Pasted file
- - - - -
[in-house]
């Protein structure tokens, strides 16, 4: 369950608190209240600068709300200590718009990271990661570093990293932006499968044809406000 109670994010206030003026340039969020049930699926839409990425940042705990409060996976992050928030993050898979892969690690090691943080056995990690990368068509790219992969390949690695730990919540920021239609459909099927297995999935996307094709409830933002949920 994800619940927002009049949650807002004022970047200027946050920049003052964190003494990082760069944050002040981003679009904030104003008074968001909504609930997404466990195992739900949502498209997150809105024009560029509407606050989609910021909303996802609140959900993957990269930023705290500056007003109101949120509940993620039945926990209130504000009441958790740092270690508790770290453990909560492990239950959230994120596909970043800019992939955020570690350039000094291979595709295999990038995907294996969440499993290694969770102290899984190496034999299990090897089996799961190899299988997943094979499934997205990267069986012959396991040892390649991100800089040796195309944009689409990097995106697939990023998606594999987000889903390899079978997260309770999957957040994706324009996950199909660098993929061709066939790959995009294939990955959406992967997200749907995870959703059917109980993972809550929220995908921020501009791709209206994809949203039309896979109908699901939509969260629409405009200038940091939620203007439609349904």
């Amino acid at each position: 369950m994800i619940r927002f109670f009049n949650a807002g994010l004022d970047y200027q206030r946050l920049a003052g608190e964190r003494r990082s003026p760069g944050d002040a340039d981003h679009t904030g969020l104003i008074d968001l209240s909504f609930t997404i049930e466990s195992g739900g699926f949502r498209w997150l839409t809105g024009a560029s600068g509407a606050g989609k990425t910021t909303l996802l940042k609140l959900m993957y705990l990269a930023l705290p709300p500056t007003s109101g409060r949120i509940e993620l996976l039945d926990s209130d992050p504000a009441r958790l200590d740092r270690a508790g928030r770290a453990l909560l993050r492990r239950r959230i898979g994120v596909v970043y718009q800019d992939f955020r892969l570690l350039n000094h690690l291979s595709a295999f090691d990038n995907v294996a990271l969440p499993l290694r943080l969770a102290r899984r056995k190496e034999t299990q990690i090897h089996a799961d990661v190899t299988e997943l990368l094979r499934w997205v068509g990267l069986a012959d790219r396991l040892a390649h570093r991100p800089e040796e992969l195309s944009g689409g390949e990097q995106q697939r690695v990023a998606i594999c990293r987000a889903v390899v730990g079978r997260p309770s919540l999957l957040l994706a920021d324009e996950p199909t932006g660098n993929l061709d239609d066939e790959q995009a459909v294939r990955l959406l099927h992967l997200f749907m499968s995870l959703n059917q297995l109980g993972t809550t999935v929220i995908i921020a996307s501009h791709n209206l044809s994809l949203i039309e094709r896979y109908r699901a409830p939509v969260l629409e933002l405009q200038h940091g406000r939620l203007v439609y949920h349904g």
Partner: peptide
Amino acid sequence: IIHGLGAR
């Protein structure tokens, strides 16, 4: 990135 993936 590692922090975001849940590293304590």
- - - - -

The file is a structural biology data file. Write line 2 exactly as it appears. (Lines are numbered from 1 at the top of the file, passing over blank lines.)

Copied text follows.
């Protein structure tokens, strides 16, 4: 369950608190209240600068709300200590718009990271990661570093990293932006499968044809406000 109670994010206030003026340039969020049930699926839409990425940042705990409060996976992050928030993050898979892969690690090691943080056995990690990368068509790219992969390949690695730990919540920021239609459909099927297995999935996307094709409830933002949920 994800619940927002009049949650807002004022970047200027946050920049003052964190003494990082760069944050002040981003679009904030104003008074968001909504609930997404466990195992739900949502498209997150809105024009560029509407606050989609910021909303996802609140959900993957990269930023705290500056007003109101949120509940993620039945926990209130504000009441958790740092270690508790770290453990909560492990239950959230994120596909970043800019992939955020570690350039000094291979595709295999990038995907294996969440499993290694969770102290899984190496034999299990090897089996799961190899299988997943094979499934997205990267069986012959396991040892390649991100800089040796195309944009689409990097995106697939990023998606594999987000889903390899079978997260309770999957957040994706324009996950199909660098993929061709066939790959995009294939990955959406992967997200749907995870959703059917109980993972809550929220995908921020501009791709209206994809949203039309896979109908699901939509969260629409405009200038940091939620203007439609349904």